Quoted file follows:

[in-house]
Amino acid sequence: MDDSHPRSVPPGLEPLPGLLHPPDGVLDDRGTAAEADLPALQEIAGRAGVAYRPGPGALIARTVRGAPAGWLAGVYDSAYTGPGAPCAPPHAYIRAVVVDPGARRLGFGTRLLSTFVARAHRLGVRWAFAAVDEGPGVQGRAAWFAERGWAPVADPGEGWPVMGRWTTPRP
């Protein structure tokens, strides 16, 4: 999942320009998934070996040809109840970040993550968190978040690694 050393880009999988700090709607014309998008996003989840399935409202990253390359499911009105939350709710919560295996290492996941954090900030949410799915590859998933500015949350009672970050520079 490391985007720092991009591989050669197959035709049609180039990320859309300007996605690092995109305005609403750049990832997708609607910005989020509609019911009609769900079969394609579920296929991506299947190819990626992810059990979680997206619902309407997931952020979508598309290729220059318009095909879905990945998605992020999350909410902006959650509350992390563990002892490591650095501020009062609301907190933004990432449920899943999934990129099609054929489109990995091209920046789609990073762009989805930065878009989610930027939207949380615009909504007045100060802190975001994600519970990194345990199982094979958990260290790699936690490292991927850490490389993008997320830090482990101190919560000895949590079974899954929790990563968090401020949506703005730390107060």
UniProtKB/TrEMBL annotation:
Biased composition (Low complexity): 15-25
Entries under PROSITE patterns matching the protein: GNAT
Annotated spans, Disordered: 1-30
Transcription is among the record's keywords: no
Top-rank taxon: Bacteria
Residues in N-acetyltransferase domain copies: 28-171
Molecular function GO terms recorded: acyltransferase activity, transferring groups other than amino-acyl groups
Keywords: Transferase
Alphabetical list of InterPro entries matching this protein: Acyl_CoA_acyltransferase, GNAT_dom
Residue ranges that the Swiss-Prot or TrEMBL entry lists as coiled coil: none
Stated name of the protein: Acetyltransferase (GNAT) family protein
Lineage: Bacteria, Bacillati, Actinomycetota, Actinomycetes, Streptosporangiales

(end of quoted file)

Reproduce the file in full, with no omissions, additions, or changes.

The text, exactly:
[in-house]
Amino acid sequence: MDDSHPRSVPPGLEPLPGLLHPPDGVLDDRGTAAEADLPALQEIAGRAGVAYRPGPGALIARTVRGAPAGWLAGVYDSAYTGPGAPCAPPHAYIRAVVVDPGARRLGFGTRLLSTFVARAHRLGVRWAFAAVDEGPGVQGRAAWFAERGWAPVADPGEGWPVMGRWTTPRP
């Protein structure tokens, strides 16, 4: 999942320009998934070996040809109840970040993550968190978040690694 050393880009999988700090709607014309998008996003989840399935409202990253390359499911009105939350709710919560295996290492996941954090900030949410799915590859998933500015949350009672970050520079 490391985007720092991009591989050669197959035709049609180039990320859309300007996605690092995109305005609403750049990832997708609607910005989020509609019911009609769900079969394609579920296929991506299947190819990626992810059990979680997206619902309407997931952020979508598309290729220059318009095909879905990945998605992020999350909410902006959650509350992390563990002892490591650095501020009062609301907190933004990432449920899943999934990129099609054929489109990995091209920046789609990073762009989805930065878009989610930027939207949380615009909504007045100060802190975001994600519970990194345990199982094979958990260290790699936690490292991927850490490389993008997320830090482990101190919560000895949590079974899954929790990563968090401020949506703005730390107060």
UniProtKB/TrEMBL annotation:
Biased composition (Low complexity): 15-25
Entries under PROSITE patterns matching the protein: GNAT
Annotated spans, Disordered: 1-30
Transcription is among the record's keywords: no
Top-rank taxon: Bacteria
Residues in N-acetyltransferase domain copies: 28-171
Molecular function GO terms recorded: acyltransferase activity, transferring groups other than amino-acyl groups
Keywords: Transferase
Alphabetical list of InterPro entries matching this protein: Acyl_CoA_acyltransferase, GNAT_dom
Residue ranges that the Swiss-Prot or TrEMBL entry lists as coiled coil: none
Stated name of the protein: Acetyltransferase (GNAT) family protein
Lineage: Bacteria, Bacillati, Actinomycetota, Actinomycetes, Streptosporangiales